Irish whiskey is enjoying a global renaissance and one man is better placed than any of us to enjoy it
Colum Egan, 47, is originally from Portarlington in Laois, born to parents from Kerry and Roscommon. He not only runs one of the world’s best-known whiskey distilleries but is also a master distiller who oversees the process from the very first steps.
It was on his watch that Bushmills was named best Irish whiskey in the world at the 2010 World Spirits competition.
As a young man he lost his job in Northern Ireland and moved to England and worked at a breakfast cereals factory. He then moved on to brewing. He was working in London at the Stag Brewery in Mortlake in the mid-90s – at the time it made Budweiser – when he met, and fell for, a Gaelic football playing young Irish woman from Ballycastle in Antrim called Clare Maybin and went home one week-end to meet her parents.
As he describes it he went out for a walk and visited the Bushmills Distillery near her home in Ballycastle (about ten miles) because “I had to escape”.
“I fell in love with the distillery — its history, heritage, and magic. I later joined The Old Bushmills Distillery team and started to learn the art of distilling and processing. After a year-long apprenticeship under my predecessor, David Quinn, I was appointed Bushmills master distiller.
Still a haven
“My wife says that nearly thirty years later it (Bushmills) is still a haven,” he says. “I’ve always liked whiskey and I would have enjoyed Bushmills depending on the circumstances because it was always top shelf.
“I never dreamed I would someday have this job which, quite frankly, is something I was born to do I love it so much. It is enjoyable, trying to make something that will bring a smile to people’s faces.
“I’ve been Bushmills’ master distiller since 2002, and I have a real passion for whiskey, so I have loved every minute of it. My main responsibility is to ensure every drop is as good today as it has been for the last few hundred years. I keep an eye on the critical production and blending stages of Bushmills Irish Whiskey.
“No day is typical, I am on call 24/7. The best thing is the variety. I must ensure the mashing, fermentation, distillation, and maturing of the whiskey in oak barrels, as well as the blending and preparing of the whiskey for bottling, all adhere to the very high expectations and standards that have been laid down over the years.
Hugely passionate team
“The team helps to make that easy, they are all hugely passionate and very highly skilled and most have been making and bottling whiskey for years.
“Bushmills is a nice story itself, it has a 400-year old history of whiskey making and there are records of uisce beatha dating back to 1066.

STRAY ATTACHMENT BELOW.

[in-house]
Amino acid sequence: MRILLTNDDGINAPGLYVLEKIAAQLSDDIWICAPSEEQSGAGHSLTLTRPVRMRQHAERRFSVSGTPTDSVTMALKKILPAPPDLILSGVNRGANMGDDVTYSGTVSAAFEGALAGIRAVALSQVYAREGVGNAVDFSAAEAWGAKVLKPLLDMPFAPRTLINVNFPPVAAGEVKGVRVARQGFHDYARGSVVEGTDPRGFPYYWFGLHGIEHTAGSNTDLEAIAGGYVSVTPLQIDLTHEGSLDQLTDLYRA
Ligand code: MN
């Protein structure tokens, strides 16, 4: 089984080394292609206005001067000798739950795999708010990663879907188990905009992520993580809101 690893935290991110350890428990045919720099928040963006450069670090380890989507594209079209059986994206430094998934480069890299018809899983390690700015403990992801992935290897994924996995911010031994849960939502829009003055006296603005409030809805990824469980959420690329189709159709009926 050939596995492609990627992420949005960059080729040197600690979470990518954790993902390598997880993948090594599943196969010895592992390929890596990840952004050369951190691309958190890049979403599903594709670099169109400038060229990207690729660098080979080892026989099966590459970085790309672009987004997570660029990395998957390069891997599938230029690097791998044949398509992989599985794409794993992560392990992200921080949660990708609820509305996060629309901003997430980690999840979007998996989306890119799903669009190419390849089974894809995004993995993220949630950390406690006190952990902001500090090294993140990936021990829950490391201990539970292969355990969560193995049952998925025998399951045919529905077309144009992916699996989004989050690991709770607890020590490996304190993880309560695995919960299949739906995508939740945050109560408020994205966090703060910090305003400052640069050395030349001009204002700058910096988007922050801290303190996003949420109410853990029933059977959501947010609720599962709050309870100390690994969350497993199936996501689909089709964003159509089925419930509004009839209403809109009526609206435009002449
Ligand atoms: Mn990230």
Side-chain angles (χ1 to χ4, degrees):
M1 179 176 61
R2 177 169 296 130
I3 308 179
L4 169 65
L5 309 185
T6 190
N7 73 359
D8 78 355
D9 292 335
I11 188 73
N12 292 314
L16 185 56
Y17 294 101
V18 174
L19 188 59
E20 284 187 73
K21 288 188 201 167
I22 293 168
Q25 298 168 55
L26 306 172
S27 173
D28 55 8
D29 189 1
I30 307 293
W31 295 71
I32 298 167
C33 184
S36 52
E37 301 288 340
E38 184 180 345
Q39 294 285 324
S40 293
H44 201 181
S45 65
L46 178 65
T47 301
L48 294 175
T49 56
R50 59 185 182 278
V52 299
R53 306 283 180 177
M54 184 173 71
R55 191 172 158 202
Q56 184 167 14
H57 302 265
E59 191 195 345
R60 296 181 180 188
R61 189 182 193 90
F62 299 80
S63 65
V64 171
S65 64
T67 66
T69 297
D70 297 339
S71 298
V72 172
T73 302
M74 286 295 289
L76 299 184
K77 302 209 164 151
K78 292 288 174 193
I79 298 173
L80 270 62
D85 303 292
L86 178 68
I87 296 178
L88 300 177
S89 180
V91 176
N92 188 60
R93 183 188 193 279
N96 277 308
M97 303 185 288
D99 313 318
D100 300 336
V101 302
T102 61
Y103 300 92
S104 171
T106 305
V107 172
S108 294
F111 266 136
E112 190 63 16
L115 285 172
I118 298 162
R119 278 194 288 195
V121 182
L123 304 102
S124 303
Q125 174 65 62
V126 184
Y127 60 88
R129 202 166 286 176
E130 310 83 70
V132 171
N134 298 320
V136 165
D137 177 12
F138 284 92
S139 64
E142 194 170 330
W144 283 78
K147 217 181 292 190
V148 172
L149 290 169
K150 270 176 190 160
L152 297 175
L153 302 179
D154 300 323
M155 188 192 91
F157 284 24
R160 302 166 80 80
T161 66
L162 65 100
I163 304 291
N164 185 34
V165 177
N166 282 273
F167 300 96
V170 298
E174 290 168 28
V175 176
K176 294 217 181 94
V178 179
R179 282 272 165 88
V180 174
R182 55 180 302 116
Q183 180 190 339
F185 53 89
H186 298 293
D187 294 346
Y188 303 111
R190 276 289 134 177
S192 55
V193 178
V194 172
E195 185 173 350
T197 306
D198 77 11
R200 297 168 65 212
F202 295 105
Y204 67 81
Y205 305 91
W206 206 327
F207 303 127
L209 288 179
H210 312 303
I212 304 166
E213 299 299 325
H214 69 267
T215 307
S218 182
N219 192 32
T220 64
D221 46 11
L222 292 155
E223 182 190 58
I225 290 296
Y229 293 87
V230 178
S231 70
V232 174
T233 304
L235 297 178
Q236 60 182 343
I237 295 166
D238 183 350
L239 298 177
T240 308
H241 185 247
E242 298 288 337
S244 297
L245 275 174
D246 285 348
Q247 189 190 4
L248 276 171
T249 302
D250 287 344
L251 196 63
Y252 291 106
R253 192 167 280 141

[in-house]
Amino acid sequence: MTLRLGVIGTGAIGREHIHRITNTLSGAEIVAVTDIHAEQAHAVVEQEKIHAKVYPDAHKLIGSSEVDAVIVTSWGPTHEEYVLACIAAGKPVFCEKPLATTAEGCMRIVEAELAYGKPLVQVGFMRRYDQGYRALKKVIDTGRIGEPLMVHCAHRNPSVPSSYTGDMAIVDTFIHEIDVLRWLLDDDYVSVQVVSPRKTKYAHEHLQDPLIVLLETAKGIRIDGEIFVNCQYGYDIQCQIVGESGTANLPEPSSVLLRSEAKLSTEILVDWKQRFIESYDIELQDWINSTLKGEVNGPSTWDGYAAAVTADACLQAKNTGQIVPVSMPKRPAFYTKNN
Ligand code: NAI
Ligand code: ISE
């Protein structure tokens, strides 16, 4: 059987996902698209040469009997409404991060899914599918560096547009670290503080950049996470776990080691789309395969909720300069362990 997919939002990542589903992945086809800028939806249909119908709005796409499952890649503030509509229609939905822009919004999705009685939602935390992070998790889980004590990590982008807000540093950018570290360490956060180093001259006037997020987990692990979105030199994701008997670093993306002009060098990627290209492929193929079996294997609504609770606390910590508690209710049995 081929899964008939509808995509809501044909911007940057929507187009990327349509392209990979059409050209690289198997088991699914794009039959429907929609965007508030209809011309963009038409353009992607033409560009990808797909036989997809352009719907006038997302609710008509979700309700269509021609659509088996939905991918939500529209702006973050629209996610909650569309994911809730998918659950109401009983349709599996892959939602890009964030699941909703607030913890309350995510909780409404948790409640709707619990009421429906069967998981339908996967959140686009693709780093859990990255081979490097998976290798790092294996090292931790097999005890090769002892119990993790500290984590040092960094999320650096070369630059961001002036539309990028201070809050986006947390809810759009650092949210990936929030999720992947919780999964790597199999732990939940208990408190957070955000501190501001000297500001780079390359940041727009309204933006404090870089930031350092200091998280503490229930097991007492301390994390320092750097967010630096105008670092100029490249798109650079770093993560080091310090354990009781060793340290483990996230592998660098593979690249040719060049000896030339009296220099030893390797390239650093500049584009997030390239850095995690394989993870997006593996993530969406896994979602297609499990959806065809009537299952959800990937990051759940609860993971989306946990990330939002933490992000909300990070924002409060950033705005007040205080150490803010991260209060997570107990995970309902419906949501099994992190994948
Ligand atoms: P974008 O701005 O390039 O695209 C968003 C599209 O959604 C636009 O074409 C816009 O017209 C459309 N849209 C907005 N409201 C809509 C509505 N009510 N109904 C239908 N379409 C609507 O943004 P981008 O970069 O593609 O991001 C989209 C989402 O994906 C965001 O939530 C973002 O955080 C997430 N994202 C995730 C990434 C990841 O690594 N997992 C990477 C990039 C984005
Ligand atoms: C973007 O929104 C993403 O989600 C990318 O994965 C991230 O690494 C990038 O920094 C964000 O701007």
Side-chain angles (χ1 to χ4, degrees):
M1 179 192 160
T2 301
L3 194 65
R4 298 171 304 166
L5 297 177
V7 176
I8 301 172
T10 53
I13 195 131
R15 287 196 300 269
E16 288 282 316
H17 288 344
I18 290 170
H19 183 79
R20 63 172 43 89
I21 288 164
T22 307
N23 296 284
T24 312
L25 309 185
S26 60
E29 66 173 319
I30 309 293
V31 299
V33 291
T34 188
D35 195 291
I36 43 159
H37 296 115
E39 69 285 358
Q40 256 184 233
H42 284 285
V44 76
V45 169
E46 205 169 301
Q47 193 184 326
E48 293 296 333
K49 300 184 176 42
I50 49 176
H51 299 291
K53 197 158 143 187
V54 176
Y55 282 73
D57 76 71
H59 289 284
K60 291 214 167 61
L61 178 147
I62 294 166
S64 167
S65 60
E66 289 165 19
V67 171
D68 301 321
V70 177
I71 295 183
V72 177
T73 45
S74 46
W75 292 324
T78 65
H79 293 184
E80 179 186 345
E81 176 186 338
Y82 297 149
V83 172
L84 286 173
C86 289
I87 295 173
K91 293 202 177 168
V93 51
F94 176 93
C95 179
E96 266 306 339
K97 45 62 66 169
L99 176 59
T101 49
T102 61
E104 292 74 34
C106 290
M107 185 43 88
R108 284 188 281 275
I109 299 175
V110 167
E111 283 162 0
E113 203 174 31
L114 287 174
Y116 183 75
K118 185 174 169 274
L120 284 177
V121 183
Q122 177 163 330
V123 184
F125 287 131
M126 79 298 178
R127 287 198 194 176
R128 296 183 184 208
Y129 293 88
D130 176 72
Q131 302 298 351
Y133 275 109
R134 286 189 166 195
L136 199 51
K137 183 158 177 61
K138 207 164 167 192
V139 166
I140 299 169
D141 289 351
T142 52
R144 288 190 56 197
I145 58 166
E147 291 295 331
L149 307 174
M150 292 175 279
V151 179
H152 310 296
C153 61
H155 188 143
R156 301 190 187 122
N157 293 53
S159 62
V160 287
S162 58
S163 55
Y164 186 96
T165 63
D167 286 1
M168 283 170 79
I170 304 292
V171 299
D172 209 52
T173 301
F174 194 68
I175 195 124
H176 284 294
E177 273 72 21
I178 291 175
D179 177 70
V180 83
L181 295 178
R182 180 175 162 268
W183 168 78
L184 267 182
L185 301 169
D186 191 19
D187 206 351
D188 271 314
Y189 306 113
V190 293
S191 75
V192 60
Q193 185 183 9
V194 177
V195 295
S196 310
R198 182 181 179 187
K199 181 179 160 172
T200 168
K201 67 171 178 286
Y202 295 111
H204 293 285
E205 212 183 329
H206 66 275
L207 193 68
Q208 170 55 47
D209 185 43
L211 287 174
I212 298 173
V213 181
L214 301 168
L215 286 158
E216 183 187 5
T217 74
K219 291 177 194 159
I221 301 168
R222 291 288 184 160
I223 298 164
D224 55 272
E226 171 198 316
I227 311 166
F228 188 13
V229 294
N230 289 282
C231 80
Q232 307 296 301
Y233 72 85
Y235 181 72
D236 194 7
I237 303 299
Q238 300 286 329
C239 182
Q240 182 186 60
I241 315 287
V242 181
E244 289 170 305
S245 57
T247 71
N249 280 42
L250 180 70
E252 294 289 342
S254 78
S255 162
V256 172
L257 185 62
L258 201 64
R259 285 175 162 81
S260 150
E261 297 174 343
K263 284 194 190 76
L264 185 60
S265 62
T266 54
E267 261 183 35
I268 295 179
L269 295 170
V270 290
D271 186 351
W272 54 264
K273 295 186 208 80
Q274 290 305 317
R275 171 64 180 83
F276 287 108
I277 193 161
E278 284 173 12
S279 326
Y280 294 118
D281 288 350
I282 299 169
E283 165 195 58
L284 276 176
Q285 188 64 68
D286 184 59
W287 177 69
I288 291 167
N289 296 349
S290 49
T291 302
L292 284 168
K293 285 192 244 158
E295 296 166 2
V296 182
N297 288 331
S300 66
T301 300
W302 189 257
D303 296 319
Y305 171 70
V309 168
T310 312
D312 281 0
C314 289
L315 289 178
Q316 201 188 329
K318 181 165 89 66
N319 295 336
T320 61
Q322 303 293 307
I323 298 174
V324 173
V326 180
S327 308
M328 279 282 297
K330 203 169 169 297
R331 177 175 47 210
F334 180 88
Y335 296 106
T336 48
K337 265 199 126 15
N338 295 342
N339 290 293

“It’s a privilege and I am proud to have the knowledge to pass on as I’m only going to be here for another 40 years but it will go on after me to ensure that same taste and character that we have made for the last 150 years is passed on.
“We have a range of labels for all tastes, there’s our Original, which has a bourbon, fruity vanilla quality and is popular in 80 countries. Something like Black Bush, which is seasoned in sherry casks has a gentle nutty sweet finish, and then there’s the single malts, ten, sixteen and 21 years old. They take a lot of care, time and attention.
“The 10-year old is matured in bourbon barrels and 100 per cent malted barley and has apple pastry character.
“The 16 year old is matured in different woods, bourbon sherry casks and then six months in port casks to give it a perfect finish, a blend of the tastes and aromas of warm port wine with almond and nutty textures. It is malt whiskey at its core, we are malt distillery with a sense of tradition. Go around the world and ask what it is that people find most enjoyable and flavourable and it is the single malt and you can only do that with the best of ingredients and to a tight specification.
“We start with the finest ingredients and only end up with the finest results, we are very careful about where we source our barrels and their history, where the sherry has come from. Bushmills Original takes four years to make and you go right up to the 21 year old, these whiskies demand respect, care and attention.
“To understand the difference between Bushmills and other Irish, and even Scotch, whiskies you need to know that Bushmills is 100 per cent single malt barley.
“Pot Still whiskies became popular in the late 1800s when malted barley was being taxed, often at duties of up to 100 per cent. Non-malted barley whiskies have a mouth coating and oily texture.
“We explain all this at our Visitors’ Centre where we get 130,000 visitors and we want to show everybody how it is done, through to the fermentation process and then we have a bar where people who have never tried whiskey before get to try it in a lovely ambience and the whole process comes alive and whiskey is almost a living thing.
“People should enjoy it whichever way they wish. When I go into a bar I like to have a couple of big ice cubes even though it will lose some of its small nuances but let me worry about that same as I do when I’m making the whiskey for the bottle but I certainly don’t want to be telling people how they should enjoy it.
“This is a very exciting time for Irish whiskey and we are in an especially great position to move forward with the original, Black and the three single malts and perhaps one or two exciting new ones along the way.